Mystery Bookstore Closing

Updated 1/19/11

Last week we got the news that the Mystery Bookstore in Westwood is closing on January 31. I am always sorry when I hear about an independent local business, especially a bookstore, closing, but this one hit me hard. It felt almost like a death, one that will take me a while to recover from.

I haven't said much about it since I heard the news, mostly because my life has been crazy for the past two weeks–so busy I haven't opened my laptop in over a week. But now that things have settled I have a chance to sit down and sort out my feelings. Except that's easier said than done.

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Talking with Kelli Stanley & Eric Beetner

Besides the initial shock and obvious sadness, I am left with a lingering anger and a tinge of resentment. But at what? Certainly not the Mystery Bookstore. They did everything they possibly could to boost sales and promote books. The community? Well, maybe a little. The Mystery Bookstore has a newsletter subscriber list of about 5000. If each of those subscribers ordered just one to three books from the store each year rather than taking the newsletter book recommendations and buying elsewhere, the Mystery Bookstore could probably stay in business.

The point isn't to flog those who make different purchasing decisions than I do. It's simply to say that when you value something, you sometimes have to make an effort to support it and nurture it.

As a book lover, I approach my book buying thusly: Any title I can get from the the Mystery Bookstore is purchased there. Titles that aren't available (those not in the mystery/thriller/suspense genres) I buy from Amazon or iBooks, usually as an eBook. I am an enthusiastic eBook reader, and I will continue to be. But I also continue to love paper books, and I always will–is it wrong for me to want (and expect) both?

The answer, unfortunately, seems to be yes. And this is, perhaps, what I am most angry and resentful about. The girl who always wants her cake and eat it too has at last been thwarted.

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Of course, the sense of loss I feel is so much more than that. I know it is increasingly difficult for independent booksellers to compete, at least price-wise, with the Amazons of the world. But it is impossible for Amazon and the like to compete or, even come close to, what stores like the Mystery Bookstore offer: community, personalized service, book recommendations, a place to meet many different authors (not just the big names) in person… the list goes on. I can hardly believe that after January 31, I will no longer have the pleasure of sitting in that shop, listening to a new or favorite author read from their latest release.

More than once, I've had conversations with Bobby, Linda, and Pamela that resulted in me enthusiastically buying whatever book they were passionately recommending. It wasn't some website saying "If you like this, then you will like this." They are people who love books, who know I love books, and know what I like to read because they've taken the time to get to know me. And every recommendation was spot on.

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Me & Linda Brown, assistant manager at the Mystery Bookstore

Lisa Lutz, Angela S. Choi, and Gregg Hurwitz can thank Linda for the new fan they have in me. Daniel Woodrell and Rebecca Cantrell can thank Bobby. I got to know Kelli Stanley, Stephen Jay Schwartz, Sue Ann Jaffarian, Rebecca Cantrell, Sophie Littlefield, and Eric Beetner at the shop, creating friendships that continue online and in person when we can. Most of the time, that personal contact is at the Mystery Bookstore. I got to be a fangirl when I met Lawrence Block and James Ellroy at the store. I was introduced to George Pellecanos, who is now one of my favorite writers.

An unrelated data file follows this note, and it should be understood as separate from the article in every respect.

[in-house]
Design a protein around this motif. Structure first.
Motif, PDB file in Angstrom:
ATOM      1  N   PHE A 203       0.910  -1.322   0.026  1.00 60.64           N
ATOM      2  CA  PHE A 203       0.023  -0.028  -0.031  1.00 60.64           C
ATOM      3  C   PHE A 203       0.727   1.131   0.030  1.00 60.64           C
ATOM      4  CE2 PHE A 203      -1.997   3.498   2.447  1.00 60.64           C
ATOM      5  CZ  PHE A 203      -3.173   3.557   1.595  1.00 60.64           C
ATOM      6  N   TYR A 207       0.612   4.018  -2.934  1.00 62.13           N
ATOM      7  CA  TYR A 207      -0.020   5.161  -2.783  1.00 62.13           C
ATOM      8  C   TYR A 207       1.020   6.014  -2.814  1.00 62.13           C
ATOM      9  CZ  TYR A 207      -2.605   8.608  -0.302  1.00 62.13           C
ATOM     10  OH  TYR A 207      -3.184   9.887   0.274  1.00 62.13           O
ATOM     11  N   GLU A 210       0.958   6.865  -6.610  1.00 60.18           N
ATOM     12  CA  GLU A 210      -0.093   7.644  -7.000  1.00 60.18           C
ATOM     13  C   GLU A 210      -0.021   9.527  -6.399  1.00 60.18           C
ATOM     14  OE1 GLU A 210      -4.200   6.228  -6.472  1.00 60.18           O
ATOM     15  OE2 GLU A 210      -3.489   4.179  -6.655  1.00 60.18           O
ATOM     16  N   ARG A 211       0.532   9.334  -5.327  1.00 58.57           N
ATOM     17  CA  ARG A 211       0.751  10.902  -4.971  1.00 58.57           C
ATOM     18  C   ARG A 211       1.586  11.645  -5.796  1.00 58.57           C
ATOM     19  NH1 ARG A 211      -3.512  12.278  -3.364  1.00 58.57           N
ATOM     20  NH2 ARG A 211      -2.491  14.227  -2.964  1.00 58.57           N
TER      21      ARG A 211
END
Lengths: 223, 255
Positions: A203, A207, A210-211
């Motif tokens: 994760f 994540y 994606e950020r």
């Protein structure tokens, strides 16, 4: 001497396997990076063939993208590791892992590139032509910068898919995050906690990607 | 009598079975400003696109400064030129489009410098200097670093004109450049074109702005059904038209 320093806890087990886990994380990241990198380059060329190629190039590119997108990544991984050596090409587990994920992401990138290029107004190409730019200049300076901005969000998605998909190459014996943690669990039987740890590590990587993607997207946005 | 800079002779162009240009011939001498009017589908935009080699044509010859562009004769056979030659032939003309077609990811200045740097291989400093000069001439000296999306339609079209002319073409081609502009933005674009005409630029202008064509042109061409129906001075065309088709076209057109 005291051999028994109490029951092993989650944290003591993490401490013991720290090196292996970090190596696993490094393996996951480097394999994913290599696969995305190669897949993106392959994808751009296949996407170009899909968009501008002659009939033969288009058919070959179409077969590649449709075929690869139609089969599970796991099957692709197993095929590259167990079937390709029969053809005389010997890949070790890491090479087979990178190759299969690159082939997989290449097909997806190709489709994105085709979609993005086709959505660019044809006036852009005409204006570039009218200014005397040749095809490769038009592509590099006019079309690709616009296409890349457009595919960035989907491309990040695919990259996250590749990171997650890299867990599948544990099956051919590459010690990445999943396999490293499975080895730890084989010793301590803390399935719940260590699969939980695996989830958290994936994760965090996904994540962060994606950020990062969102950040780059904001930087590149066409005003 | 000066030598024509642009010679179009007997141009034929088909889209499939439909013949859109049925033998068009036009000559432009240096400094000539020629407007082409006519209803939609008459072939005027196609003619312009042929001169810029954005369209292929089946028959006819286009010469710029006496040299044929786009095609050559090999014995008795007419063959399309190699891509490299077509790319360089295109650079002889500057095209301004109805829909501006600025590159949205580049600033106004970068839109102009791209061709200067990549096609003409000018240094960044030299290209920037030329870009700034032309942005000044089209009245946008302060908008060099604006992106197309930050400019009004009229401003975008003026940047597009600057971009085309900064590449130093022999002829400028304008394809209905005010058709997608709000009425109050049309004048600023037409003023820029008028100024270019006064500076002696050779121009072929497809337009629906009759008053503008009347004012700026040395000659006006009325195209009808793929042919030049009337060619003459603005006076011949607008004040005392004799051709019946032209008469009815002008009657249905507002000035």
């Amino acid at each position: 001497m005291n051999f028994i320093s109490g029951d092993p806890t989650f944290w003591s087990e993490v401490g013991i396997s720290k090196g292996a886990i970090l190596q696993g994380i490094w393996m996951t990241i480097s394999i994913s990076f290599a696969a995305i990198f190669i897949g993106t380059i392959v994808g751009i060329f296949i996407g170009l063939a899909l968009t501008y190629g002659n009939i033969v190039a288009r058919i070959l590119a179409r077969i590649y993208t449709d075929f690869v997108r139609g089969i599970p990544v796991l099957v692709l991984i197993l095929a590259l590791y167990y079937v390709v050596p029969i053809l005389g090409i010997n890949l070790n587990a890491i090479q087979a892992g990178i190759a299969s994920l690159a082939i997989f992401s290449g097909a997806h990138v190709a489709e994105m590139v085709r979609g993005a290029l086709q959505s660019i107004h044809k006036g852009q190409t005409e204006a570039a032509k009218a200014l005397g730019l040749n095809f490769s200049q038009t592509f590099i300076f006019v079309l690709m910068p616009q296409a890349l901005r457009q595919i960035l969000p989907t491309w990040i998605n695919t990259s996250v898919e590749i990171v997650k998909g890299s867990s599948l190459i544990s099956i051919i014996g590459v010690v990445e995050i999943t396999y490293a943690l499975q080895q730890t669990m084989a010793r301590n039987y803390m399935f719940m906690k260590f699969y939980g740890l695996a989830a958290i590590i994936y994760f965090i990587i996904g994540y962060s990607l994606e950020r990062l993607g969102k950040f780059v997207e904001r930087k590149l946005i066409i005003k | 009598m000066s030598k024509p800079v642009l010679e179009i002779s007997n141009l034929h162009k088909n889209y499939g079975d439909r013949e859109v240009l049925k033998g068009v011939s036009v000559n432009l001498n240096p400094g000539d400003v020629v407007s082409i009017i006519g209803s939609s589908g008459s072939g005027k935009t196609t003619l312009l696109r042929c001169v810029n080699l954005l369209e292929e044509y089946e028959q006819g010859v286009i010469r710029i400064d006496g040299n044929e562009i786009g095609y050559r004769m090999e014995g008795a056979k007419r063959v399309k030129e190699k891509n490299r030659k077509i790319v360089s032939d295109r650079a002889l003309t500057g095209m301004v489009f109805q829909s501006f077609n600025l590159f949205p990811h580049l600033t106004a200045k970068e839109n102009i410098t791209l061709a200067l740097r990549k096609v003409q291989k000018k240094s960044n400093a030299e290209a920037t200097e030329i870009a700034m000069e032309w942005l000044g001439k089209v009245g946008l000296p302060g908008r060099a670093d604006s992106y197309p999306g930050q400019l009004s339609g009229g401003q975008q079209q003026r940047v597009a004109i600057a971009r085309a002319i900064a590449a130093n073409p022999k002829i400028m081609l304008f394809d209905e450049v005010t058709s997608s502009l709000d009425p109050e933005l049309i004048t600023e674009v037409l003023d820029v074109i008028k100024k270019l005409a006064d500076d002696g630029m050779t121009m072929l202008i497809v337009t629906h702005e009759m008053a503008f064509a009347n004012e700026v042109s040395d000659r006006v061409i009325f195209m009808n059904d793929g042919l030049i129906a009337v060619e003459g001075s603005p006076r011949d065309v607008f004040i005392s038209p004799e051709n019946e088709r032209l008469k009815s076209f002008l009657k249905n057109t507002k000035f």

And I dreamed of having my own book launch there.

For all of these reasons and more, the closing of the Mystery Bookstore is a big loss for me and for the crime fiction community, and one that I won't soon recover from. In the meantime, I hope to see you at their farewell party at 6pm on January 31.

If you're lucky enough to still have a beloved bookstore or other business in your community, please take a moment to consider the value, beyond prices or convenience, it brings to you and treat it accordingly.

Holly West

6 Comments

  1. Well-said as usual, Holly, and a heart-felt tribute to a truly great place for books and people.
    Shock, anger, mourning … we’re in the stages of grief here. Business is not just business … not when it is a labor of love by people you love.
    I wish I could be at the farewell party, but then again–I’d just cry a lot. I’ll be there in spirit, though.
    We’re all sadder and poorer and a little more lost than we were just a few weeks ago. It’ll take a long time for this wound to heal.

  2. hey holly, i have been really sad about this too. MBS, to me, *is* Los Angeles – the first time i felt any fondness for the city was my first visit to the shop. I went from fan girl to author there, and i remember *exactly* where i was standing when I met my own long list of authors. I even picked out the apartment where i wanted to live around the corner. I never stopped to think it might not be there when i was ready. 🙁

  3. Holly, not only did I meet Craig Johnson, Gregg Hurwitz, Chris Grabenstein and Jeff Parker all for the first time at MBS, I met you and my wonderful friends Michael Alatorre and Elyse Dinh-McCrillis in person for the first time there. It was worth the 3000 miles of travel!
    The store is a very special one and its loss is devastating to the entire community…all the way back to Ohio!

  4. Jen, I thought of the fact that I met you in person there for the first time and was sorry I didn’t mention it in the post. But yeah, that was great, and I’m very lucky to know you.

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